It’s tough to file for personal bankruptcy when you’re flat broke.
That’s why a number of South Florida bankruptcy law firms are offering clients “no-money-down” or “low-money-down” plans to help ease their long trip back to financial health when they file for Chapter 7 under the U.S. Bankruptcy Code. The provision allows people to wipe the slate clean of mounting credit card and similar debts.
The fee arrangements, which involve two separate payment agreements between the lawyers and their clients, could become critical this year for troubled consumers who are burdened with household debts accumulated during the COVID-19 crisis. It could be the difference between getting help in the courts, or not.
“The problem we were having is we had clients come to us and their wages are being garnished, their assets are being frozen and every paycheck that goes by they’re losing it to a creditor,” said Fort Lauderdale attorney Chad Van Horn of the Van Horn Law Group. “Some people are broke-broke. They really don’t have the money.”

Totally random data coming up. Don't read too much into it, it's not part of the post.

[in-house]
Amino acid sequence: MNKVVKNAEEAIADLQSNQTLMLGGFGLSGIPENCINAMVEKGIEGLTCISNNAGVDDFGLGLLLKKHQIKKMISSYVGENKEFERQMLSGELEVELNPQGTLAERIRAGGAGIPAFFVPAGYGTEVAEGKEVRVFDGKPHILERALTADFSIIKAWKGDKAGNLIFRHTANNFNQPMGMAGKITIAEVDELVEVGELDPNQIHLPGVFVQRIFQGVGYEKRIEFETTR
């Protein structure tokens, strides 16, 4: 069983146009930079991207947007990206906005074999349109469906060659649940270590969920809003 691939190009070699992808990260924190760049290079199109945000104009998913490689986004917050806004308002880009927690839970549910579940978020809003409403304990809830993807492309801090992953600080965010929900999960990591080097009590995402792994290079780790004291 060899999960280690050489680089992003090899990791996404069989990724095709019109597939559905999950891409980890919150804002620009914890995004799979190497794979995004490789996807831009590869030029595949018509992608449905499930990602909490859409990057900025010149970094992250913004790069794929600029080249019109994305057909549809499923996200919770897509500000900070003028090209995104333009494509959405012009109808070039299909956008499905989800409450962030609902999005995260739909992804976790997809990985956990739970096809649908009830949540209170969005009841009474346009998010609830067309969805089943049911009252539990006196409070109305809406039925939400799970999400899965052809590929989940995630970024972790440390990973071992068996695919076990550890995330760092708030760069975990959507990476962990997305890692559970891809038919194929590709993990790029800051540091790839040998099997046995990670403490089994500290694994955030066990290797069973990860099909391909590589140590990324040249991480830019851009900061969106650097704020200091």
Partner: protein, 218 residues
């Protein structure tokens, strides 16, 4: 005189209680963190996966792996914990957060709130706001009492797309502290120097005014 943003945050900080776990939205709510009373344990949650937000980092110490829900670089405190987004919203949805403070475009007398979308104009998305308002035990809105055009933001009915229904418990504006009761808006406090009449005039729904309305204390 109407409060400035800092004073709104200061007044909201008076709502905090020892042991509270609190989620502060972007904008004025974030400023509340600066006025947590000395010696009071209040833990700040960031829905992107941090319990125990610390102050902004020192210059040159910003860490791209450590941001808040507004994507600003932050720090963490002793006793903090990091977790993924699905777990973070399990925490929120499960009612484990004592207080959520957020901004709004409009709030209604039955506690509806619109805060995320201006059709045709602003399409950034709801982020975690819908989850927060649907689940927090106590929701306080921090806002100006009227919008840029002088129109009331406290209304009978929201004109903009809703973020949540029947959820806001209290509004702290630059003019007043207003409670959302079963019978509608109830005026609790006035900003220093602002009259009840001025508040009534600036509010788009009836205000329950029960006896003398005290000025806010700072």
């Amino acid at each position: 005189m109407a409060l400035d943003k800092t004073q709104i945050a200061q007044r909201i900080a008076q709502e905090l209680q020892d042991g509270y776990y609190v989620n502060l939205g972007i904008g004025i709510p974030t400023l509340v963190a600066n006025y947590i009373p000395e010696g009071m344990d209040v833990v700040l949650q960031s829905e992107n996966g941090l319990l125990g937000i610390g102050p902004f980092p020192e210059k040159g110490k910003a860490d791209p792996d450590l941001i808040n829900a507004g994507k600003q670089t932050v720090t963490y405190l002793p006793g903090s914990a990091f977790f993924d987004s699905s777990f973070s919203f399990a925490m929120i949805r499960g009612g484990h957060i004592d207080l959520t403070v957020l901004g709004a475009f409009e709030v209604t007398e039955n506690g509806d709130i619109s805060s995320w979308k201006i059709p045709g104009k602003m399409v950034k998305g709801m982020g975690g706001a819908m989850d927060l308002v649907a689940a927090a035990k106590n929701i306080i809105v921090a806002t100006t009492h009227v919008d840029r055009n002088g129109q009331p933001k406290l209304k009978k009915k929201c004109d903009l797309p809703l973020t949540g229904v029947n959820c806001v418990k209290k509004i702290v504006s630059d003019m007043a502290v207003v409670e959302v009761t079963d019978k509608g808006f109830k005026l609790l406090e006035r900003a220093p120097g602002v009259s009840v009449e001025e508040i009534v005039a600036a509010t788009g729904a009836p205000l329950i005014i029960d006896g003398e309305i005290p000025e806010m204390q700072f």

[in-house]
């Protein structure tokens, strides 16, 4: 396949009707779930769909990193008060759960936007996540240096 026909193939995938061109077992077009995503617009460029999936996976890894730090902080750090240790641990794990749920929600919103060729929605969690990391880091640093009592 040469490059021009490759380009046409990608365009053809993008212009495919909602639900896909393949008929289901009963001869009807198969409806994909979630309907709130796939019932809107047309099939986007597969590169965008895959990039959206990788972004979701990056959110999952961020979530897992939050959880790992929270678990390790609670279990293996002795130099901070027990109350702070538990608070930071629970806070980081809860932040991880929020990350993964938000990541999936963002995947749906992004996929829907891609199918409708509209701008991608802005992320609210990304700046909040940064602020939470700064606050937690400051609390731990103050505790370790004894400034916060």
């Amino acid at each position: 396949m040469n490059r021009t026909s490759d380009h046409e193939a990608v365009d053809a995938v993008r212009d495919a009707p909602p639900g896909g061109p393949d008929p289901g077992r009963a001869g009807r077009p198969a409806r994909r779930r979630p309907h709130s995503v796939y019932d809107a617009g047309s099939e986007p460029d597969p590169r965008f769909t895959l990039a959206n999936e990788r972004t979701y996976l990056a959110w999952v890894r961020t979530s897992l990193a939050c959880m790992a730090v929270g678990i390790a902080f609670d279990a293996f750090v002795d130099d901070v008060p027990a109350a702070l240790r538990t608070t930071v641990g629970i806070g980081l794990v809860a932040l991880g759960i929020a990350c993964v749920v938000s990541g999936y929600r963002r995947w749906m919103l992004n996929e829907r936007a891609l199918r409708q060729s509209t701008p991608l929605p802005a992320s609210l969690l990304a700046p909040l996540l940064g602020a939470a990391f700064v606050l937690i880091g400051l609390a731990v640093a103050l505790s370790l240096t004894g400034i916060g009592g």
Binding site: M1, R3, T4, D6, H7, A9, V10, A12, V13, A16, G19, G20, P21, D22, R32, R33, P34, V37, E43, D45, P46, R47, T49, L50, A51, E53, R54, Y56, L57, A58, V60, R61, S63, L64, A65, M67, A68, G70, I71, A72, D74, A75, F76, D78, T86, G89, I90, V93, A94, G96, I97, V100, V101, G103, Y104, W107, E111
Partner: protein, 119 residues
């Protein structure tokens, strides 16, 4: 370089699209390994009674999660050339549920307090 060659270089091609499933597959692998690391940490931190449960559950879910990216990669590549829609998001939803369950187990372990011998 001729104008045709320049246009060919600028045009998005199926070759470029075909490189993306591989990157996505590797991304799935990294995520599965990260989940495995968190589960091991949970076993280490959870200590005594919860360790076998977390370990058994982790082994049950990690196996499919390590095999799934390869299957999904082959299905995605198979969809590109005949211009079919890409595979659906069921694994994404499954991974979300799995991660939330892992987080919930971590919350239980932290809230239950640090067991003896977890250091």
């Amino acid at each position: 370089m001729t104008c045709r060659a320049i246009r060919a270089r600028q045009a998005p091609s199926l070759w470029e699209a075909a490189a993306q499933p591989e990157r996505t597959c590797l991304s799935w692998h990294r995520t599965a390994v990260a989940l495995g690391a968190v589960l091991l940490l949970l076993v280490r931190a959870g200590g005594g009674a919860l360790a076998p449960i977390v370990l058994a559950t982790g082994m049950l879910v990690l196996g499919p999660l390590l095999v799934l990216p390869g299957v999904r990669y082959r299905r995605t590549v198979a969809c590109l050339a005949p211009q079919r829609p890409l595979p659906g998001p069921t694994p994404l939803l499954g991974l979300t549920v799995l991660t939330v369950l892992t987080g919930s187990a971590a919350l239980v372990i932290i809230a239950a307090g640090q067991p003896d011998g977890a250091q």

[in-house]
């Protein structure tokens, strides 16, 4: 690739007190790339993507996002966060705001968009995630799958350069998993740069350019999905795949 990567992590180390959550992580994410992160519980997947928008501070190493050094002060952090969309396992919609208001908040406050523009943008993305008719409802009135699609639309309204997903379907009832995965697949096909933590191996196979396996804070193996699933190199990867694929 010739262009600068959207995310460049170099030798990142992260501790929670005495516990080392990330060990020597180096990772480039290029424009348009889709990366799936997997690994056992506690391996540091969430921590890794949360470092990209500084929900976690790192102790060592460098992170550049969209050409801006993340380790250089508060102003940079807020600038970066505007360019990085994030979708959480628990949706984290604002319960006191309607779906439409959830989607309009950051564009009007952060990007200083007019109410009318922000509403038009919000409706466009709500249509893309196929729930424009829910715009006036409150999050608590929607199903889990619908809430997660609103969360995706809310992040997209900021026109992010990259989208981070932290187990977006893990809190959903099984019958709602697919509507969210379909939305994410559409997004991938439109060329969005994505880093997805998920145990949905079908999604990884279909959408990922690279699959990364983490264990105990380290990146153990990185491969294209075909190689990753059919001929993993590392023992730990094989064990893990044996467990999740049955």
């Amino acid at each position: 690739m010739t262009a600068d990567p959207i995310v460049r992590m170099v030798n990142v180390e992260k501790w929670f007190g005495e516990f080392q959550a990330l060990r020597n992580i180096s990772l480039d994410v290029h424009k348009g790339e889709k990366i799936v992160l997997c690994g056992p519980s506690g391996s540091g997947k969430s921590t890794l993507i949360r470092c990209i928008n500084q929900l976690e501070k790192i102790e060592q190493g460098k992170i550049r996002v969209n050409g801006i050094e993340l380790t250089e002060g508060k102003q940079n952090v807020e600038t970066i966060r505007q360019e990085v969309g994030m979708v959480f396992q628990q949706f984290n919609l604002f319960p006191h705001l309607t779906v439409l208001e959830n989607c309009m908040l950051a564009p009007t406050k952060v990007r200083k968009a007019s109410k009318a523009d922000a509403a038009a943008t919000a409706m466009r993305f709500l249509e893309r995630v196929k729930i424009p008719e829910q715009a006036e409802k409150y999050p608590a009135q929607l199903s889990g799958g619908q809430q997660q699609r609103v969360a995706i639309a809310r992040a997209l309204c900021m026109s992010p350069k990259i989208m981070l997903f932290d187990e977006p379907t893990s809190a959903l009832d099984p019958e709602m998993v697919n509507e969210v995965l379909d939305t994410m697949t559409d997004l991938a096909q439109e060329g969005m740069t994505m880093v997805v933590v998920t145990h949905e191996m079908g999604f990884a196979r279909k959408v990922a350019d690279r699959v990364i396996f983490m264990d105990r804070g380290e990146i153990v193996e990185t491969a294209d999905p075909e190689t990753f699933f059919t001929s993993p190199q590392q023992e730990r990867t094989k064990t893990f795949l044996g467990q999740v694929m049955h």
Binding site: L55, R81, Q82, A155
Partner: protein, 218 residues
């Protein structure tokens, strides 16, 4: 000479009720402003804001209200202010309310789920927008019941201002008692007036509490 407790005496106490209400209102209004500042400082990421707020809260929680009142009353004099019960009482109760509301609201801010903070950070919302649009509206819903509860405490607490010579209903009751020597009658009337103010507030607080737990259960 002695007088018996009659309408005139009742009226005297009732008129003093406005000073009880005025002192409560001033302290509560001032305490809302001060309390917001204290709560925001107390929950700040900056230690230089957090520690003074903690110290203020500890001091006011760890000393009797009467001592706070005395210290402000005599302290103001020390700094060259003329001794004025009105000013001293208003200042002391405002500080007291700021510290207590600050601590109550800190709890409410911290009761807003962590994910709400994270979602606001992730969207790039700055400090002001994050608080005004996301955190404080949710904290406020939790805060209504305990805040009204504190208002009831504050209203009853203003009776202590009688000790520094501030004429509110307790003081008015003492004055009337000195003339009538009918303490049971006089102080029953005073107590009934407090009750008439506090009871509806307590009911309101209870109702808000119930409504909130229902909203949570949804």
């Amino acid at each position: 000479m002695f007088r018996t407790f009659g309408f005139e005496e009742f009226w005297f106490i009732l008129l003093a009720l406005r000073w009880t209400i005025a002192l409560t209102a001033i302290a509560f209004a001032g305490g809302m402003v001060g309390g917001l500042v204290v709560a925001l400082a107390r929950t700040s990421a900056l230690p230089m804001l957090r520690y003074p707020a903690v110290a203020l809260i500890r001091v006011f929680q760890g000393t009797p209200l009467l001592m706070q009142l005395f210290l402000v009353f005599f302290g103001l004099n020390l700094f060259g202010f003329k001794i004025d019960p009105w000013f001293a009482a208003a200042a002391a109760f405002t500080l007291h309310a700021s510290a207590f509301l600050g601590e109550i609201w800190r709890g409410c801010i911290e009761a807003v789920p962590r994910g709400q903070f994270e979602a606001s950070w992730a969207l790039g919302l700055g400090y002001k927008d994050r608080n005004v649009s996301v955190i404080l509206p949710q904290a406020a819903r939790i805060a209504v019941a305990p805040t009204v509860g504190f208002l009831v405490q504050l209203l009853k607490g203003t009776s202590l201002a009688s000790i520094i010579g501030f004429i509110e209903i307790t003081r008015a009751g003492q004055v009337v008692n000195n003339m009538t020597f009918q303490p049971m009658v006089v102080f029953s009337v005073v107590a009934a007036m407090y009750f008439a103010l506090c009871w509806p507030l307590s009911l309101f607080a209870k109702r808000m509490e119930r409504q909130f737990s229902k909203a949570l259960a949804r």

Another firm — Semrad Law Firm in Miami — has a subsidiary called DebtStoppers whose TV commercials tell hard-pressed consumers they can get their Chapter 7 bankruptcy cases started without paying anything in advance.
But earlier this year, the U.S. Trustee for the Southern District of Florida, whose role is to ensure compliance with bankruptcy court rules and procedures, complained to the chief judge that both firms had stepped out of bounds with their fee agreements and payment options for clients.
Among other things, the trustee objected to the firms’ use of so-called “bifurcated” fee agreements with clients — one signed before a bankruptcy petition is filed with the court, the other for services performed by the lawyers afterward. One concern was that the law firms were charging too much money for legal work after a case was filed.
In a motion to Chief Bankruptcy Judge Laurel M. Isicoff, the trustee also complained that the firms’ fees in three cases ranging from $1,200 to $1,900 were not “reasonable.”
But Isicoff, in a 41-page ruling, concluded the two-pronged method of payment should stand. She also found that the firms had not overcharged their clients.
The judge, however, wanted the firms to be more explicit in their agreements with clients about the services they intend to perform, as well as when and for how much money.